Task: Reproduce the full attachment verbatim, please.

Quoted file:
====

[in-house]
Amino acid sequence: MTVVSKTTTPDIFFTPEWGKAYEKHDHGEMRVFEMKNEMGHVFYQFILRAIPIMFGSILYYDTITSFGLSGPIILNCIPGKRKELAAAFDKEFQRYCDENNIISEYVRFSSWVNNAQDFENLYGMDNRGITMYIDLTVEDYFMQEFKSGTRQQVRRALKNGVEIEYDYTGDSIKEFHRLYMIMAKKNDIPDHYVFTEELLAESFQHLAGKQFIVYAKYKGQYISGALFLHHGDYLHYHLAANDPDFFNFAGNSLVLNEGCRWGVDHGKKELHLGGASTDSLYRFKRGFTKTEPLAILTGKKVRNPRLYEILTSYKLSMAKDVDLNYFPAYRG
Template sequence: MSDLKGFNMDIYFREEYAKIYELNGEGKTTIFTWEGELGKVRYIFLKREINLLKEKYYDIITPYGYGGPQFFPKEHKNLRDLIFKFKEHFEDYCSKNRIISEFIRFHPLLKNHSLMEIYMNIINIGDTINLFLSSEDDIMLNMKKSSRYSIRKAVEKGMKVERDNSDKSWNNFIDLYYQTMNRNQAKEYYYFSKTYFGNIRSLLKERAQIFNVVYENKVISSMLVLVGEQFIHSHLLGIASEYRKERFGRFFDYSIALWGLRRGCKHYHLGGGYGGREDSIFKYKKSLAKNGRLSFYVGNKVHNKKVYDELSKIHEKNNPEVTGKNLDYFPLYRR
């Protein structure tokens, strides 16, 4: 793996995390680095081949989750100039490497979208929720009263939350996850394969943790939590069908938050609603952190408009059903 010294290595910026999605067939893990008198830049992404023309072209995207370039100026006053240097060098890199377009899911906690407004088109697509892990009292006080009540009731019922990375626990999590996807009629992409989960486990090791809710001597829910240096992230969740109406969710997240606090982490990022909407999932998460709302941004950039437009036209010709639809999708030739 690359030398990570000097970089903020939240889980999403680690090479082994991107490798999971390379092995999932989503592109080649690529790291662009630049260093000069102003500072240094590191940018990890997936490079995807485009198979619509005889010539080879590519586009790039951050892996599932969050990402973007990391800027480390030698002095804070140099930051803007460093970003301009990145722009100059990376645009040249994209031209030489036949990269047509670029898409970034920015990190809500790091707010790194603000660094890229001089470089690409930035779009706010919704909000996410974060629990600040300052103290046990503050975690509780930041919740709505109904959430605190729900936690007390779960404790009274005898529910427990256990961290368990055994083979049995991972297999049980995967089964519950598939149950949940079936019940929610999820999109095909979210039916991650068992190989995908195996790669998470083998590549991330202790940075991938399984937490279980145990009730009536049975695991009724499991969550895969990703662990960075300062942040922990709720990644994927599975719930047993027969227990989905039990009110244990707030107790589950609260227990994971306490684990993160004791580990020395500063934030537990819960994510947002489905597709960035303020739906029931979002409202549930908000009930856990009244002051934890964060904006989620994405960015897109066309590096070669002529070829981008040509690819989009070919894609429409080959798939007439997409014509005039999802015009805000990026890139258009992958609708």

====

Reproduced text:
[in-house]
Amino acid sequence: MTVVSKTTTPDIFFTPEWGKAYEKHDHGEMRVFEMKNEMGHVFYQFILRAIPIMFGSILYYDTITSFGLSGPIILNCIPGKRKELAAAFDKEFQRYCDENNIISEYVRFSSWVNNAQDFENLYGMDNRGITMYIDLTVEDYFMQEFKSGTRQQVRRALKNGVEIEYDYTGDSIKEFHRLYMIMAKKNDIPDHYVFTEELLAESFQHLAGKQFIVYAKYKGQYISGALFLHHGDYLHYHLAANDPDFFNFAGNSLVLNEGCRWGVDHGKKELHLGGASTDSLYRFKRGFTKTEPLAILTGKKVRNPRLYEILTSYKLSMAKDVDLNYFPAYRG
Template sequence: MSDLKGFNMDIYFREEYAKIYELNGEGKTTIFTWEGELGKVRYIFLKREINLLKEKYYDIITPYGYGGPQFFPKEHKNLRDLIFKFKEHFEDYCSKNRIISEFIRFHPLLKNHSLMEIYMNIINIGDTINLFLSSEDDIMLNMKKSSRYSIRKAVEKGMKVERDNSDKSWNNFIDLYYQTMNRNQAKEYYYFSKTYFGNIRSLLKERAQIFNVVYENKVISSMLVLVGEQFIHSHLLGIASEYRKERFGRFFDYSIALWGLRRGCKHYHLGGGYGGREDSIFKYKKSLAKNGRLSFYVGNKVHNKKVYDELSKIHEKNNPEVTGKNLDYFPLYRR
């Protein structure tokens, strides 16, 4: 793996995390680095081949989750100039490497979208929720009263939350996850394969943790939590069908938050609603952190408009059903 010294290595910026999605067939893990008198830049992404023309072209995207370039100026006053240097060098890199377009899911906690407004088109697509892990009292006080009540009731019922990375626990999590996807009629992409989960486990090791809710001597829910240096992230969740109406969710997240606090982490990022909407999932998460709302941004950039437009036209010709639809999708030739 690359030398990570000097970089903020939240889980999403680690090479082994991107490798999971390379092995999932989503592109080649690529790291662009630049260093000069102003500072240094590191940018990890997936490079995807485009198979619509005889010539080879590519586009790039951050892996599932969050990402973007990391800027480390030698002095804070140099930051803007460093970003301009990145722009100059990376645009040249994209031209030489036949990269047509670029898409970034920015990190809500790091707010790194603000660094890229001089470089690409930035779009706010919704909000996410974060629990600040300052103290046990503050975690509780930041919740709505109904959430605190729900936690007390779960404790009274005898529910427990256990961290368990055994083979049995991972297999049980995967089964519950598939149950949940079936019940929610999820999109095909979210039916991650068992190989995908195996790669998470083998590549991330202790940075991938399984937490279980145990009730009536049975695991009724499991969550895969990703662990960075300062942040922990709720990644994927599975719930047993027969227990989905039990009110244990707030107790589950609260227990994971306490684990993160004791580990020395500063934030537990819960994510947002489905597709960035303020739906029931979002409202549930908000009930856990009244002051934890964060904006989620994405960015897109066309590096070669002529070829981008040509690819989009070919894609429409080959798939007439997409014509005039999802015009805000990026890139258009992958609708």